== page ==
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Basis Expansions and RegularizationPowerPoint Presentation

Basis Expansions and Regularization

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Basis Expansions and Regularization. Based on Chapter 5 of Hastie, Tibshirani and Friedman (Prepared by David Madigan). Basis Expansions for Linear Models. Here the h m ’s might be:. h m ( X )= X m , m =1,…, p recovers the original model h m ( X )= X j 2 or h m ( X )= X j X k

Basis Expansions and Regularization

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Based on Chapter 5 of

Hastie, Tibshirani and Friedman

(Prepared by David Madigan)

Here the hm’s might be:

- hm(X)=Xm, m=1,…,p recovers the original model
- hm(X)=Xj2 orhm(X)= XjXk
- hm(X)=I(LmXk Um),

“knots”

Bottom left panel uses:

Number of parameters = (3 regions) X (2 params per region)

- (2 knots X 1 constraint per knot)

= 4

cubic spline

continuous first and second derivatives

Number of parameters = (3 regions) X (4 params per region)

- (2 knots X 3 constraints per knot)

= 6Knot discontinuity essentially invisible to the human eye

Adds a further constraint that the fitted function is linear beyond the boundary knots

A natural cubic spline model with K knots is represented by K basis functions:

Each of these basis functions has zero 2nd and 3rd derivative outside the boundary knots

Can use these ideas in, for example, regression models.

For example, if you use 4 knots and hence 4 basis functions per predictor variable, then simply fit logistic regression model with four times the number of predictor variables…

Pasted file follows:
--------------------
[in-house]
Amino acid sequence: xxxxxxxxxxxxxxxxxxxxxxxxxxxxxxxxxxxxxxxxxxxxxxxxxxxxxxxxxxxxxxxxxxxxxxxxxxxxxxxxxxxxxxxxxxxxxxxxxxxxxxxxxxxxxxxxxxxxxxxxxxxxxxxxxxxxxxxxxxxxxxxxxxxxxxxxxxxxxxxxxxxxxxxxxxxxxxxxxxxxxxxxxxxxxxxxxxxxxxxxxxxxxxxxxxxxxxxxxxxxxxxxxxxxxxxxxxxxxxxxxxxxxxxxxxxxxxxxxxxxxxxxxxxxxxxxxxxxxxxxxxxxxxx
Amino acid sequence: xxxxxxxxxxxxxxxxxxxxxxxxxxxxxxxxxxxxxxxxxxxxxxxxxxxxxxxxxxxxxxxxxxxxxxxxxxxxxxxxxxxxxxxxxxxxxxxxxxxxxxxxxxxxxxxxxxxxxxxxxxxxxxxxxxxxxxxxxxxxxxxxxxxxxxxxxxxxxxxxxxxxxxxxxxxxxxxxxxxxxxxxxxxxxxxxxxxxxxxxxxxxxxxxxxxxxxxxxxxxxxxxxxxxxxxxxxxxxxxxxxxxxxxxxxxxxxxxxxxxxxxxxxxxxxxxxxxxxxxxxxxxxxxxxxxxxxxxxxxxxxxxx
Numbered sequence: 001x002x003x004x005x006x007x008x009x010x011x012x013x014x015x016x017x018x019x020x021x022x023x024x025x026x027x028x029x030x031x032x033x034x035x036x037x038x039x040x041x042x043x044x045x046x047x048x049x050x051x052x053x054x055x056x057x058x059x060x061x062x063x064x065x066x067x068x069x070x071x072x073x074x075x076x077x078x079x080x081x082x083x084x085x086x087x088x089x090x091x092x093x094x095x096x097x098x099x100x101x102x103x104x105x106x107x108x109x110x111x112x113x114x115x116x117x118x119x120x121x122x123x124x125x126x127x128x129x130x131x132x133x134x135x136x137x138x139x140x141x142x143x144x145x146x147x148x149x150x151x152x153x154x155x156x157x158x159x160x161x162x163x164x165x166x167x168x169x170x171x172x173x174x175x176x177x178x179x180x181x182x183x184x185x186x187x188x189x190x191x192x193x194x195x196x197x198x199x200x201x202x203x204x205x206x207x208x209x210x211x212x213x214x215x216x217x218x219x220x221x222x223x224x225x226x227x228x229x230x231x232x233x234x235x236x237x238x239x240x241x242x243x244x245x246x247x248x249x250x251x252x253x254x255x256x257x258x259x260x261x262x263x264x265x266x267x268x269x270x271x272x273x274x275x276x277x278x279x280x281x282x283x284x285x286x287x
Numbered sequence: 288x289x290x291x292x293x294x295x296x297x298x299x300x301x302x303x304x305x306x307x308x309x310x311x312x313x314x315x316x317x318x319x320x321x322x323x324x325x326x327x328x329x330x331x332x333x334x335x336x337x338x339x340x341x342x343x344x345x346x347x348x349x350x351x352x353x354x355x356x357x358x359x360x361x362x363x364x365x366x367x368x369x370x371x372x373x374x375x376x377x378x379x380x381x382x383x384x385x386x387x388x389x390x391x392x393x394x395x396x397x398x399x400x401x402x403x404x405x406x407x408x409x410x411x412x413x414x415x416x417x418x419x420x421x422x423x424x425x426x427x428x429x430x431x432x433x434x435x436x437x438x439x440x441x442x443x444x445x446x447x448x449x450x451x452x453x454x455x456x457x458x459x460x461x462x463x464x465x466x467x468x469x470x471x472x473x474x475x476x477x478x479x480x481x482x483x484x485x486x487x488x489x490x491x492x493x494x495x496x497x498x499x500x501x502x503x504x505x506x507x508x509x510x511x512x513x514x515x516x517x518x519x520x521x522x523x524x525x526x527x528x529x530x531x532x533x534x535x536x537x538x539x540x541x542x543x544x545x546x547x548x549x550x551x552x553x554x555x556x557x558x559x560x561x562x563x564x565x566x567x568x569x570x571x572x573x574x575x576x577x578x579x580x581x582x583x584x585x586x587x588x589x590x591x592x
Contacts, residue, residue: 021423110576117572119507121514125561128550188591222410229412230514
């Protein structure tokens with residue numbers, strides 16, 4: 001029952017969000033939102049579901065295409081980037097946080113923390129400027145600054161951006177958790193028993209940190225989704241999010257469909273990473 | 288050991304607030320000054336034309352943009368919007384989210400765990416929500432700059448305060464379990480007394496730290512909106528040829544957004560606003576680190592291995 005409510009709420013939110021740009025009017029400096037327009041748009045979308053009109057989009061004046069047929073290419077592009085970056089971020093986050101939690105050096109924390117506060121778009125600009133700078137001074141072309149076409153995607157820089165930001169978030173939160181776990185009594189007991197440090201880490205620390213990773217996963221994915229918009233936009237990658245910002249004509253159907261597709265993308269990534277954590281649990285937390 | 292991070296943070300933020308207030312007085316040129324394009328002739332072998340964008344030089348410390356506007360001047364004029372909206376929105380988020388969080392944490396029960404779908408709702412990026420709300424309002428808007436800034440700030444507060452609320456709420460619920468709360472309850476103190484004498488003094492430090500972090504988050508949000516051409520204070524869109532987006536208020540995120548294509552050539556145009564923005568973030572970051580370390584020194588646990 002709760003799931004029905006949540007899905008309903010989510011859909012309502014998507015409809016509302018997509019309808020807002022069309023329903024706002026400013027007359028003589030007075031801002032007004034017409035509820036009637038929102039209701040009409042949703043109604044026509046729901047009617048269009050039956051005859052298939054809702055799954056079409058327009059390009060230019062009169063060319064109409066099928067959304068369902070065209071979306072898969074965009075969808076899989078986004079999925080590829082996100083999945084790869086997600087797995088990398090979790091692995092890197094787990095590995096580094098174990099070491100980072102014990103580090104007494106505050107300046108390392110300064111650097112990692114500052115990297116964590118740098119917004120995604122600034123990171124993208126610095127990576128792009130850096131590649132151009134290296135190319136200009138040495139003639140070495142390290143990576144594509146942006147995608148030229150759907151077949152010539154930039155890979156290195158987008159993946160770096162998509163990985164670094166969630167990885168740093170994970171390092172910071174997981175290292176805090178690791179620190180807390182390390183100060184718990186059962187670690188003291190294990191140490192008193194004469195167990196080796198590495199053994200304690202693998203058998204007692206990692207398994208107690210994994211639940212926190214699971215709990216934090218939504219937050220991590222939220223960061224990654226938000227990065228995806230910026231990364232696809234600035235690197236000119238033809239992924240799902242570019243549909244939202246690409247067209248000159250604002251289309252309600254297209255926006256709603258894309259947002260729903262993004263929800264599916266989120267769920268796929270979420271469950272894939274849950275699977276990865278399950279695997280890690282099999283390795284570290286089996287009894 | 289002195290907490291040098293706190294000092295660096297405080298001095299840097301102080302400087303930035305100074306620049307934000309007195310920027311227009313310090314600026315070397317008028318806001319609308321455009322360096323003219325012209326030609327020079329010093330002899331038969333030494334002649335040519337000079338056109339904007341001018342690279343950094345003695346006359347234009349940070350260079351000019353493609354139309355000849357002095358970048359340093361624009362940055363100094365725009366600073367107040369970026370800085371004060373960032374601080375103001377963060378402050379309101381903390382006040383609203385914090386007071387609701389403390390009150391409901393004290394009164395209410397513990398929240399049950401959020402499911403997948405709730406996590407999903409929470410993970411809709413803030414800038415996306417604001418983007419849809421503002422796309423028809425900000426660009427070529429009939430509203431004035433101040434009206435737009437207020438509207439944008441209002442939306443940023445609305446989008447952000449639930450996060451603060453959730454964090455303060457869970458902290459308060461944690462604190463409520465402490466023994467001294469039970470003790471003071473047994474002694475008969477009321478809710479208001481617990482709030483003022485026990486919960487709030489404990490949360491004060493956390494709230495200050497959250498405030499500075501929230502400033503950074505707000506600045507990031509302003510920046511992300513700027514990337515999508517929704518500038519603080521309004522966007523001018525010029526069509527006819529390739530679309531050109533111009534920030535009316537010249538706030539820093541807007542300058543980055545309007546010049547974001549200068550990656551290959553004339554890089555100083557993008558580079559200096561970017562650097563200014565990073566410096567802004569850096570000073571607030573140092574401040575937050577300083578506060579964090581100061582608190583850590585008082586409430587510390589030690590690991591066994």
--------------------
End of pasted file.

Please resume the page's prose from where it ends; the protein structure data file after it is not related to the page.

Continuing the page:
Consider this problem: among all functions f(x) with two continuous derivatives, find the one that minimizes the penalized residual sum of squares:

smoothing parameter

=0 : f can be any function that interpolates the data

=infinity : least squares line

Theorem: The unique minimizer of this penalized RSS is a natural cubic spline with knots at the unique values of xi , i=1,…,N

Seems like there will be N features and presumably overfitting of the data. But,… the smoothing term shrinks the model towards the linear fit

This is a generalized ridge regression

Can show that where K does not depend on

Consider logistic regression with a single x:

and a penalized log-likelihood criterion:

Again can show that the optimal f is a natural spline with knots at the datapoint

Can use Newton-Raphson to do the fitting.

The discussion up to this point has been one-dimensional. The higher-dimensional analogue of smoothing splines are “thin-plate splines.” In 2-D, instead of minimizing:

minimize:

The solution has the form:

a type of “radial basis function”